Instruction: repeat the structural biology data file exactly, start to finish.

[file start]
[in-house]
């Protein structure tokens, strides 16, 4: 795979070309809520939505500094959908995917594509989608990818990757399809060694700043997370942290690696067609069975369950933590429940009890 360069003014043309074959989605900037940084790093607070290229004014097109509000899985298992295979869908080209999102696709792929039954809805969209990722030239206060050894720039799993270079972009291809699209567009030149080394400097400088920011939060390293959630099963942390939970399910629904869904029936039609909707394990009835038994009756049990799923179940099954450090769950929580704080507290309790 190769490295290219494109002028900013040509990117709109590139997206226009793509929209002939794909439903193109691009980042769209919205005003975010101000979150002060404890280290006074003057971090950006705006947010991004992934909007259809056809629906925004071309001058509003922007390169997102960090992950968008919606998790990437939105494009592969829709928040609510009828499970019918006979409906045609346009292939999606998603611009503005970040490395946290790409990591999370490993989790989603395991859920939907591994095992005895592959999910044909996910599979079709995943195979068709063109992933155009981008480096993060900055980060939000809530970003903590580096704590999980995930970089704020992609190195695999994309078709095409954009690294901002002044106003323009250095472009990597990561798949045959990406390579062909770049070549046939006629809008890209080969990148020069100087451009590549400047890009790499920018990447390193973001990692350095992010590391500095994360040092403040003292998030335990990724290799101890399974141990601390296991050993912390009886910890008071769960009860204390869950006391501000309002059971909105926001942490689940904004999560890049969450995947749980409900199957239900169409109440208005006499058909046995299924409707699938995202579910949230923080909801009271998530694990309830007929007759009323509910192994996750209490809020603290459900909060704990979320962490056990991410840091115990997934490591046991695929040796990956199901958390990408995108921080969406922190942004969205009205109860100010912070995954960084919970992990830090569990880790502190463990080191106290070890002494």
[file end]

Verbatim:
[in-house]
């Protein structure tokens, strides 16, 4: 795979070309809520939505500094959908995917594509989608990818990757399809060694700043997370942290690696067609069975369950933590429940009890 360069003014043309074959989605900037940084790093607070290229004014097109509000899985298992295979869908080209999102696709792929039954809805969209990722030239206060050894720039799993270079972009291809699209567009030149080394400097400088920011939060390293959630099963942390939970399910629904869904029936039609909707394990009835038994009756049990799923179940099954450090769950929580704080507290309790 190769490295290219494109002028900013040509990117709109590139997206226009793509929209002939794909439903193109691009980042769209919205005003975010101000979150002060404890280290006074003057971090950006705006947010991004992934909007259809056809629906925004071309001058509003922007390169997102960090992950968008919606998790990437939105494009592969829709928040609510009828499970019918006979409906045609346009292939999606998603611009503005970040490395946290790409990591999370490993989790989603395991859920939907591994095992005895592959999910044909996910599979079709995943195979068709063109992933155009981008480096993060900055980060939000809530970003903590580096704590999980995930970089704020992609190195695999994309078709095409954009690294901002002044106003323009250095472009990597990561798949045959990406390579062909770049070549046939006629809008890209080969990148020069100087451009590549400047890009790499920018990447390193973001990692350095992010590391500095994360040092403040003292998030335990990724290799101890399974141990601390296991050993912390009886910890008071769960009860204390869950006391501000309002059971909105926001942490689940904004999560890049969450995947749980409900199957239900169409109440208005006499058909046995299924409707699938995202579910949230923080909801009271998530694990309830007929007759009323509910192994996750209490809020603290459900909060704990979320962490056990991410840091115990997934490591046991695929040796990956199901958390990408995108921080969406922190942004969205009205109860100010912070995954960084919970992990830090569990880790502190463990080191106290070890002494």